Section 56 of the Income Tax Act explains the taxation on earnings that fall under the head of Income from Other Sources (IFOS). This includes all the earnings not classified as income, as mentioned in the I-T Act, 1961.
This includes interest earned from security, immovable properties, and income from rental properties, equipment, or gifts. Section 56(2)(x) of the Income Tax Act elaborates on the taxation on gift exchange.
Read on to know what is Section 56 of the Income Tax Act, the type of taxable income under Section 56, the exemptions, and more.
Section 56 of the Income Tax Act is for the fifth category of income source as categorised in the Income Tax Act. Here is a look into the income taxable u/s 56:
Based on the residential status of the company paying it, dividends are taxed u/s 56(2)(i) of the I-T Act as ‘Income from Other Sources or IFOS.’
Any lotteries, crosswords, and racing earnings, including horse races, card games, gambling, or betting winnings, are considered one-time profits. Any such income is taxable at a 30% flat rate and a 4% cess under IFOS.
All interest earned from investment in securities is taxable under Section 56(2)(id).
Advance payments or payments received during negotiations for the transfer of a capital asset (in case the money is forfeited and there is no asset transfer).
Net income from renting out plants, furniture, or machinery that belongs to a taxpayer is taxable under Section 56(2)(ii). Additionally, net income from renting machinery or furniture with the property where the machinery is established is taxable under Section 56(2)(iii).
Any income from the returns from the Keyman insurance policy, which includes a bonus, is liable for income tax under Section 56 (2)(iv) of the I-T Act.
When a private company issues shares greater than the Fair Market Value (FMV) price, then the amount received in excess of FMV is taxable under Section 56(2)(viib).
As per Section 56(2)(x) of the Income Tax Act, all cash or cash equivalent gifts, movable or immovable property gifted are taxable. However, all gifts under ₹50,000 are exempt from taxation for a financial year.
So, you must pay tax on all gifts that have a combined value of over ₹50,000 within a fiscal year. Furthermore, any cash an employee receives from their employer is classified as salary and taxed under 56(2)(x) of the Income Tax Act.
All immovable property received without consideration (without being paid anything for it), which includes land, buildings or both, are taxable. The stamp duty value of such property must be more than ₹50,000.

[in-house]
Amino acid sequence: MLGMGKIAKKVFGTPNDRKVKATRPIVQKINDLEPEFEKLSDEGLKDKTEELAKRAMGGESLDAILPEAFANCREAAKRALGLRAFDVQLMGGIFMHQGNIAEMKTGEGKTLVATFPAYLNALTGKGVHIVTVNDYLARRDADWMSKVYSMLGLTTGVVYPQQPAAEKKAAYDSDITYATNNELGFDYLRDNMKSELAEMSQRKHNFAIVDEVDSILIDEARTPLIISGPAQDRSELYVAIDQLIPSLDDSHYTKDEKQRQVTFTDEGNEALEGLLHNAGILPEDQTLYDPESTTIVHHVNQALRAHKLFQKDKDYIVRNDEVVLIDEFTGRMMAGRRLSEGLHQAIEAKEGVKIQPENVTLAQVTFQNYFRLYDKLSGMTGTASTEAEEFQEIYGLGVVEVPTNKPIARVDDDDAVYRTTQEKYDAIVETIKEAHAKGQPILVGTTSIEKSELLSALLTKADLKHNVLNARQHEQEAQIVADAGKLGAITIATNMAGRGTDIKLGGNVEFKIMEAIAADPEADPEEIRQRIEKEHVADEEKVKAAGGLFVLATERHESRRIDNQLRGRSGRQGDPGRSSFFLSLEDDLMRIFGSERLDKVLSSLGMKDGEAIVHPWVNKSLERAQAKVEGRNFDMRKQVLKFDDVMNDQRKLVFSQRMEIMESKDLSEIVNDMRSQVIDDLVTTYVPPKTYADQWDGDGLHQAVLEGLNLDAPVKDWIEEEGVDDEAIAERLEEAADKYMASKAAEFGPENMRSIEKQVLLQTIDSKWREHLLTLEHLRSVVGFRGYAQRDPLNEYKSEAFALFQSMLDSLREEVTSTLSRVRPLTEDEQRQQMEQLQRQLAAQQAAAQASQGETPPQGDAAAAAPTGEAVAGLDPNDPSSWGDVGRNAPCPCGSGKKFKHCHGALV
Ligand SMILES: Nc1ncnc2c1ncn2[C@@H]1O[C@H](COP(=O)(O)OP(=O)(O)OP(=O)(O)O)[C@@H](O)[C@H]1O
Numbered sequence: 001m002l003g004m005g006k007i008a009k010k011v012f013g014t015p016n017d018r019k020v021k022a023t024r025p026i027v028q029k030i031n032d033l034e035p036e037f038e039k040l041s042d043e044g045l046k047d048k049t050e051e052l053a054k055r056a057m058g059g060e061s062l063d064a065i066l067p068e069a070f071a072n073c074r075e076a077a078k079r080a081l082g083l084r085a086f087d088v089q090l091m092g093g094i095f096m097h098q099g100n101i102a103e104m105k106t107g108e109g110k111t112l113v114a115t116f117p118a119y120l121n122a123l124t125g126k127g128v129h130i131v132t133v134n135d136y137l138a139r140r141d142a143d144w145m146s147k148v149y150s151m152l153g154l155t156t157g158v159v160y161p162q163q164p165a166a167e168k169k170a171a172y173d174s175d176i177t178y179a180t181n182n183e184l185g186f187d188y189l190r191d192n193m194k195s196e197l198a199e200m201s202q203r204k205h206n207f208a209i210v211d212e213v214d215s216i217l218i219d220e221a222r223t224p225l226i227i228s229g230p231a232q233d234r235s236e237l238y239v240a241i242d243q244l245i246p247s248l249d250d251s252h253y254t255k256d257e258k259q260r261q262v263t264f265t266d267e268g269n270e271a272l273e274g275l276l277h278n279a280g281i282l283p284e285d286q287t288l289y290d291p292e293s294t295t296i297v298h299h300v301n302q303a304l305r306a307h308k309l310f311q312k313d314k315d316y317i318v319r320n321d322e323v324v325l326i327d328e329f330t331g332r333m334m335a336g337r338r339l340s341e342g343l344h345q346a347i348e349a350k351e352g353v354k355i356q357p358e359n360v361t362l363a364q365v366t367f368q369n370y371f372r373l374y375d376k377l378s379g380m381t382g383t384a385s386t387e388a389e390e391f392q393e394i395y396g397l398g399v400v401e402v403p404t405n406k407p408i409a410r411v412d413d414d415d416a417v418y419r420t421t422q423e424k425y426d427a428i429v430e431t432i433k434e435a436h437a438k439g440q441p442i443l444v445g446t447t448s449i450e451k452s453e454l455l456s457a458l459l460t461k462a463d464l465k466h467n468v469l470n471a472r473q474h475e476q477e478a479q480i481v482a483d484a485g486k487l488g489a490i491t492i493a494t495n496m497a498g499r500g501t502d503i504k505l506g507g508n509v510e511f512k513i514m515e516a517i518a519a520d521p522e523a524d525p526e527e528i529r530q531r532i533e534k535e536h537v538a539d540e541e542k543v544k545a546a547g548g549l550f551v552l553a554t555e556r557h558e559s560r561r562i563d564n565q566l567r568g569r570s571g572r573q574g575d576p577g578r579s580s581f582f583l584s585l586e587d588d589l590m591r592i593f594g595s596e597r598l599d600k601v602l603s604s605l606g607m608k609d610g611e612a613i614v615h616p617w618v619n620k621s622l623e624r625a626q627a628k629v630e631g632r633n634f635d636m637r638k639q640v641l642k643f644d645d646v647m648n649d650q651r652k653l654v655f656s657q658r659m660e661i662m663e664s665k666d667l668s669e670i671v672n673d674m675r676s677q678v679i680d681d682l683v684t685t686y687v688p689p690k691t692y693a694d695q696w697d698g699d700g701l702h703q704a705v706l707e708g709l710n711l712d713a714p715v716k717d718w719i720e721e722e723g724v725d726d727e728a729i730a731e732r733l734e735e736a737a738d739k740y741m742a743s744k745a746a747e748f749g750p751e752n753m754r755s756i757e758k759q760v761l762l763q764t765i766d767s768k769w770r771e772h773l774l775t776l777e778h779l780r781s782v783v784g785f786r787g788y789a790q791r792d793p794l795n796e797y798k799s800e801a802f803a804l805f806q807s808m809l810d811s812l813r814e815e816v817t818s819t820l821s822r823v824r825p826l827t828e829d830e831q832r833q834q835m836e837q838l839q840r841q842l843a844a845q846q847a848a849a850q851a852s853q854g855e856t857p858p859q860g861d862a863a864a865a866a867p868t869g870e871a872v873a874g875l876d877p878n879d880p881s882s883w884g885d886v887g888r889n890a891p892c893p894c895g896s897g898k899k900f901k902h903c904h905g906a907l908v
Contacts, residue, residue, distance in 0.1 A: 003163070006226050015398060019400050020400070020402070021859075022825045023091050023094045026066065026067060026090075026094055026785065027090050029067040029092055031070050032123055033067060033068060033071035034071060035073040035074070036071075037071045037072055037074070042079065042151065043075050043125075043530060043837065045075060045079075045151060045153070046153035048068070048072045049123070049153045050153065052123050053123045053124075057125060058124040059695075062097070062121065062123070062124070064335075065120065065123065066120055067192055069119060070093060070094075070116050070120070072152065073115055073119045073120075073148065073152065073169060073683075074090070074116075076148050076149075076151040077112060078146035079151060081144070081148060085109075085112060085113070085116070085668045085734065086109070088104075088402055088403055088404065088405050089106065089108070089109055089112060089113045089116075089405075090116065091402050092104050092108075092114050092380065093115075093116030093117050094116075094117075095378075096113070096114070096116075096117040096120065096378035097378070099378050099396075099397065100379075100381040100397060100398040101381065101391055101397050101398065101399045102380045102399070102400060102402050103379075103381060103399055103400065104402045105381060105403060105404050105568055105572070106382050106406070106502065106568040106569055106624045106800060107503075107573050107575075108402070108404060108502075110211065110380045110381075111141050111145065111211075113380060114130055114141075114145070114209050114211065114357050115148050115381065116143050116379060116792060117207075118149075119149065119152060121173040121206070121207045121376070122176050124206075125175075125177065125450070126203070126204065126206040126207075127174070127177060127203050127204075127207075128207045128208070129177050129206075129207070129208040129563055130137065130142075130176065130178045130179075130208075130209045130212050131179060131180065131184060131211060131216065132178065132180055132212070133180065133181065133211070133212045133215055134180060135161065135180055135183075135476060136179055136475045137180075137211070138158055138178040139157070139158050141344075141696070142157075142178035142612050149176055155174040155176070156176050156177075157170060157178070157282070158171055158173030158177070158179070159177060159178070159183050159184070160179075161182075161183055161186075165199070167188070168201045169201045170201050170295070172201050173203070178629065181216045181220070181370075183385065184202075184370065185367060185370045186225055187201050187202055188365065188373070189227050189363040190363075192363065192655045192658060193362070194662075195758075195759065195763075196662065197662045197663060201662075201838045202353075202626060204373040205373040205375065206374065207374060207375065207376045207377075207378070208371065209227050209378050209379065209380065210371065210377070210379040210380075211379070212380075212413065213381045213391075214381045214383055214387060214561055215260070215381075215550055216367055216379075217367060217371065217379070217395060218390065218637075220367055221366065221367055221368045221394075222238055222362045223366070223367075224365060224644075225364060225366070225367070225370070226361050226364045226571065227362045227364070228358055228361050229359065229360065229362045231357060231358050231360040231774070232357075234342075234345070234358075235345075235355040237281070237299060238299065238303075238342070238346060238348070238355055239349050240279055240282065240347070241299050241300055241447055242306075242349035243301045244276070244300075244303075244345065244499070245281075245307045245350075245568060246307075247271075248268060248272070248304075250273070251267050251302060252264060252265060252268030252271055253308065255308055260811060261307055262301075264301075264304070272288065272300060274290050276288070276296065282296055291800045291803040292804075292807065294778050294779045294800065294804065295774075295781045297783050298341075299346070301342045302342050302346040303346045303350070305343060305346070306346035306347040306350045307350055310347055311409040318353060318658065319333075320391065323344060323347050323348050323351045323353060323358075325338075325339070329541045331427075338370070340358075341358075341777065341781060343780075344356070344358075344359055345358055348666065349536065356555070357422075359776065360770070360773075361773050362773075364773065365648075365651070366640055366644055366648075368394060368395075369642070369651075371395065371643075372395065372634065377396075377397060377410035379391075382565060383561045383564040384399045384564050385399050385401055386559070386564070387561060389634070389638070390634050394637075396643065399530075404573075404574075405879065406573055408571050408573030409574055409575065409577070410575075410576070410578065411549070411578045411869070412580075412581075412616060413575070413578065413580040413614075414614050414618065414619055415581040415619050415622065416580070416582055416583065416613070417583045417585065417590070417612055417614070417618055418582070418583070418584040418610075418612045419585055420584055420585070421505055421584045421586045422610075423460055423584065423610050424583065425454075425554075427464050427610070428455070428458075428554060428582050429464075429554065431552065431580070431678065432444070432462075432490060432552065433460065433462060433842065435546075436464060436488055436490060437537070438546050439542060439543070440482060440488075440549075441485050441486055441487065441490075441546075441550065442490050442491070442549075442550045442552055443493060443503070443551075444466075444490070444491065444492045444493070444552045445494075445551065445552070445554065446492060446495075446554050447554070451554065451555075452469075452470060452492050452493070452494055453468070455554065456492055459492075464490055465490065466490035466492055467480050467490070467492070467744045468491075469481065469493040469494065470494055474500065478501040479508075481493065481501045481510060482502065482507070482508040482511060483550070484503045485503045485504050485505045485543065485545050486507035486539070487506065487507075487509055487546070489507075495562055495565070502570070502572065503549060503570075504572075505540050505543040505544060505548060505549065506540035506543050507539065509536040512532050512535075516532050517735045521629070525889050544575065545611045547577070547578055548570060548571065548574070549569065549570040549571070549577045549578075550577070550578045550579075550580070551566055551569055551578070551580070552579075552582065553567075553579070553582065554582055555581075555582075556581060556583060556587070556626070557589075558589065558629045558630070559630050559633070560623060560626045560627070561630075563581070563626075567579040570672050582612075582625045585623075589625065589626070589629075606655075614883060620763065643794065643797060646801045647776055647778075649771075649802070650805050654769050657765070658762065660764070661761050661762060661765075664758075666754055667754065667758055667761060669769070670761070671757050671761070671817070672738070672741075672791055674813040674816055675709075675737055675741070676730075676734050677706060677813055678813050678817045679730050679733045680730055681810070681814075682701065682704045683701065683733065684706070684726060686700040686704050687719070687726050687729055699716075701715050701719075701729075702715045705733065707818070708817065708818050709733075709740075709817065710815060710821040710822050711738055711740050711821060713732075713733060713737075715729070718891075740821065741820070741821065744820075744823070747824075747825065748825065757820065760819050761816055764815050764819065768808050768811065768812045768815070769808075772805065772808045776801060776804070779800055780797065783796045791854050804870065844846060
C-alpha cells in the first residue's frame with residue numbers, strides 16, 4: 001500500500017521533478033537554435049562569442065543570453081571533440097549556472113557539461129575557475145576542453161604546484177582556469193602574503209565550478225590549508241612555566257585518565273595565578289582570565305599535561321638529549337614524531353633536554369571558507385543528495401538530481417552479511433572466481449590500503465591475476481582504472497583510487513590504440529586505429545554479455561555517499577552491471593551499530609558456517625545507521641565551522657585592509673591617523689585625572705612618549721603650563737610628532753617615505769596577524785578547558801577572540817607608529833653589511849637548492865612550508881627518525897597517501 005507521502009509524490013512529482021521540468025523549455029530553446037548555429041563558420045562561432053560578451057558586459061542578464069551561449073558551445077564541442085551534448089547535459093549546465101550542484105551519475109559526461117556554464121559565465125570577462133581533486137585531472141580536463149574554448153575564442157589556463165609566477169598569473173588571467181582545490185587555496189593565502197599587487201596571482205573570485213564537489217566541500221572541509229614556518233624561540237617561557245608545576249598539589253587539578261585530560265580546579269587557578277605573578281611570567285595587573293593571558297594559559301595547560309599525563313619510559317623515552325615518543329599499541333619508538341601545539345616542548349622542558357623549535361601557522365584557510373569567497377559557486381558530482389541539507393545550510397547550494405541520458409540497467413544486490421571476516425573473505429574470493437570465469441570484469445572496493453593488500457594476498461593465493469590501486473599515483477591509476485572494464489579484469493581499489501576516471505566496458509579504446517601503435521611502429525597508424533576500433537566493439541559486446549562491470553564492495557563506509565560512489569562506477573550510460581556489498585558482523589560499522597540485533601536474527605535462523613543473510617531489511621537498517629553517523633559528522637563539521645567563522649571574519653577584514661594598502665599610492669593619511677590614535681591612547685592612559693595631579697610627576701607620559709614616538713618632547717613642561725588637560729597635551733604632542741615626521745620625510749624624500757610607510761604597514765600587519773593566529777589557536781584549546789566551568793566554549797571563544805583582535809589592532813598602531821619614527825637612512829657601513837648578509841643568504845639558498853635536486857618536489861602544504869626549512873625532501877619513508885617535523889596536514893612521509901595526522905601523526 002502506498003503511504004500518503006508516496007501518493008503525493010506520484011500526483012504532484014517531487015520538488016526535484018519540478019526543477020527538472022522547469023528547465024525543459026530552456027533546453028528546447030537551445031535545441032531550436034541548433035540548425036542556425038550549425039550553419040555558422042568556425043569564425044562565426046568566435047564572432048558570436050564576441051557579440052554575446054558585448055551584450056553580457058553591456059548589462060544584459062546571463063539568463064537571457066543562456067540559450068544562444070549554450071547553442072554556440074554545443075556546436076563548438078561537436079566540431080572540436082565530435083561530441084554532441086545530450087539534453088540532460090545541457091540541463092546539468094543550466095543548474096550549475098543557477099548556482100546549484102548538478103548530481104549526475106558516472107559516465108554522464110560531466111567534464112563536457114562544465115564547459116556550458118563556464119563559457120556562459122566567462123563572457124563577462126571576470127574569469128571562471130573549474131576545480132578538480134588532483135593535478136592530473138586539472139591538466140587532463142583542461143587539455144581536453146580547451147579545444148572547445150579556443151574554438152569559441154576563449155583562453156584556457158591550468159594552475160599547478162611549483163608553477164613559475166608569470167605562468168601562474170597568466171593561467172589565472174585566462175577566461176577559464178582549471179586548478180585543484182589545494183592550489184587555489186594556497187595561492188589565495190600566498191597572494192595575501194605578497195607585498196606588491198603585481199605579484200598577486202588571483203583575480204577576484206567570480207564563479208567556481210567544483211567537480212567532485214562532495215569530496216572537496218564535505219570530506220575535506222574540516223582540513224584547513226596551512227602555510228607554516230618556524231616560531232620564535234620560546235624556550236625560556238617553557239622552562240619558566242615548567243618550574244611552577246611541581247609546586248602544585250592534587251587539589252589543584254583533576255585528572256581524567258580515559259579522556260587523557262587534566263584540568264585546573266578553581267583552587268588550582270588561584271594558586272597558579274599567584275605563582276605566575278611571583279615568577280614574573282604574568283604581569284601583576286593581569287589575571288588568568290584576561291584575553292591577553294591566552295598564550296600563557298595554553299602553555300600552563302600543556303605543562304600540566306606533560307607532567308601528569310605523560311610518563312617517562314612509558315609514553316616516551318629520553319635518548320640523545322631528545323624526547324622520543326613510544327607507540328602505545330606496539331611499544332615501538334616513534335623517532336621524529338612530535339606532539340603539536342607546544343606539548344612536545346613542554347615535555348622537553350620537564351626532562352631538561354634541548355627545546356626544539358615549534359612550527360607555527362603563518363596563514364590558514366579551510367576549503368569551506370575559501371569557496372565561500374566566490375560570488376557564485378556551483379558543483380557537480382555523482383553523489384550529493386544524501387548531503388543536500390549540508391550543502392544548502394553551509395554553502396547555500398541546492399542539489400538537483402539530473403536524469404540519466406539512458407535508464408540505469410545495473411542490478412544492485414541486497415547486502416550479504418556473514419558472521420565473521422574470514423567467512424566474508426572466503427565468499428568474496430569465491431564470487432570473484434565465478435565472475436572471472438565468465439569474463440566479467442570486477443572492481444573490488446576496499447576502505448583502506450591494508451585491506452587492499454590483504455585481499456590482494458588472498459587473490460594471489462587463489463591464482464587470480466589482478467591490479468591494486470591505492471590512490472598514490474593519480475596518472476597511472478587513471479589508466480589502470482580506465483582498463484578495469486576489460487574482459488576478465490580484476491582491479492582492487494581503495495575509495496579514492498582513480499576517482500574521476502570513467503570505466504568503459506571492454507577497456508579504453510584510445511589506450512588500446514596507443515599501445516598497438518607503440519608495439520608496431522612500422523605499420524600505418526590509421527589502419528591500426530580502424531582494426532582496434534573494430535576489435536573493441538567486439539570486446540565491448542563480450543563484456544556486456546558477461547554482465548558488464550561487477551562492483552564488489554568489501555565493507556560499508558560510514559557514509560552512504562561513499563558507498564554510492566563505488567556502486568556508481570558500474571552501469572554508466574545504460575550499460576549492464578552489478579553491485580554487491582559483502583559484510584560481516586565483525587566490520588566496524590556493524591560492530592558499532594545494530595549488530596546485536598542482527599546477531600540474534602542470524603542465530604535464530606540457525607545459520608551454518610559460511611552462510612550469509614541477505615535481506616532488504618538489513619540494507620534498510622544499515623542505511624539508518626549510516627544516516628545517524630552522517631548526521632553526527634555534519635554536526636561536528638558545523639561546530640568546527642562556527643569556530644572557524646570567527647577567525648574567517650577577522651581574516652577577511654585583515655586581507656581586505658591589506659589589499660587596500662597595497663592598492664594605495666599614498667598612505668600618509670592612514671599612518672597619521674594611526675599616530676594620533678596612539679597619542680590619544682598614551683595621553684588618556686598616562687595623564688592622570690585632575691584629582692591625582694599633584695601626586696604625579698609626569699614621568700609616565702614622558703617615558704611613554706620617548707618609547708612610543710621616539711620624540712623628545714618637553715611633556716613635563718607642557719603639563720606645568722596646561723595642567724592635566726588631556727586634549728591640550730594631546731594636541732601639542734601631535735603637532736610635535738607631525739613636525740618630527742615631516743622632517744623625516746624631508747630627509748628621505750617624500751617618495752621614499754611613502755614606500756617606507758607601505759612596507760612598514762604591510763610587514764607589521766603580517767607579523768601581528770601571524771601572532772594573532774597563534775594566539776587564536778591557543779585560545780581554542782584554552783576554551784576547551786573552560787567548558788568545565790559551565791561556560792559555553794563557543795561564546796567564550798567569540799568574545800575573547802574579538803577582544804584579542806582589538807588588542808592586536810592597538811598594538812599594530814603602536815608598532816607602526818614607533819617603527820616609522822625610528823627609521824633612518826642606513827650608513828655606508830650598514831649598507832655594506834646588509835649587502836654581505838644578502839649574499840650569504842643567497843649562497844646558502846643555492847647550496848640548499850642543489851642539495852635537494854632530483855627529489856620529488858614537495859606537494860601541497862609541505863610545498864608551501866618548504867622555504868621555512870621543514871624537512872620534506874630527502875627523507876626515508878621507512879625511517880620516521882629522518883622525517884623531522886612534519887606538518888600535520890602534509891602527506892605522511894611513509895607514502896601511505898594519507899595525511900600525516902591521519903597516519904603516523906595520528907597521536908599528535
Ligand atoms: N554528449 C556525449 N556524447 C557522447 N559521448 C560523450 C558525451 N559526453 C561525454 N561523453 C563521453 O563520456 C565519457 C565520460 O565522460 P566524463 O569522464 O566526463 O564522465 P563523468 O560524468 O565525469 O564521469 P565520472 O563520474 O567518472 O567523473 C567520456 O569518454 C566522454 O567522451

However, if the acquired property is for consideration with a stamp duty value over ₹50,000, then you must pay income tax on stamp duty as well. Movable personal property includes gold or other jewellery, bullion, stocks, securities, drawings, paintings, sculptures, archaeological collections, etc.
For such property with a global FMV of more than ₹50,000, you must pay tax according to Section 56(2) of the Income Tax Act. However, if you consider less than the overall fair market value of the property, then the entire excess FMV will be taxable over ₹50,000.
There are few exemptions to Section 56(2) of the Income Tax Act, as follows:
Gifts from relatives
Gifts received as a wedding present
Gifts from trusts, educational institutions, hospitals, or medical institutions
Any trust or institution u/s 12A, 12AA or 12AB
Gifts received as a part of a will after the death of the donor
However, you cannot consider gifts received from the local authority under this section. In accordance with the first point, relatives mean siblings, spouse, spouse’s sibling, any blood relative, parent sibling, blood relative of spouse, or offspring of the blood relative or spouse.
Remember, as per Section 56 of the Income Tax Act, interest and gains from certain investments are also taxable. However, there are some avenues that help you save on taxes, such as a 5-year FD or an ELSS. You can easily invest in these avenues and other top options via Bajaj Markets and secure your finances.
This section of the Income Tax Act is for any income that is excluded from four categories of income source but taxable. These sources are – salary, house property, profit and gains from business or profession, and capital gains.
Under Section 56(2)(x) of the Income Tax Act, all earnings within these categories are taxable under the head ‘Income from Other Sources’.
Amendments to Article 56(2)(x) under the Finance Act 2022 provide tax relief to taxpayers for the financial year. This amendment was introduced in response to the Covid-19 pandemic.
As per Section 56(2)(x) of the Income Tax Act, all cash gifts from spouses are exempt from taxation.
No. All gifts under ₹50,000 are exempt from taxation, so you will not be liable to pay tax on gifts worth ₹40,000.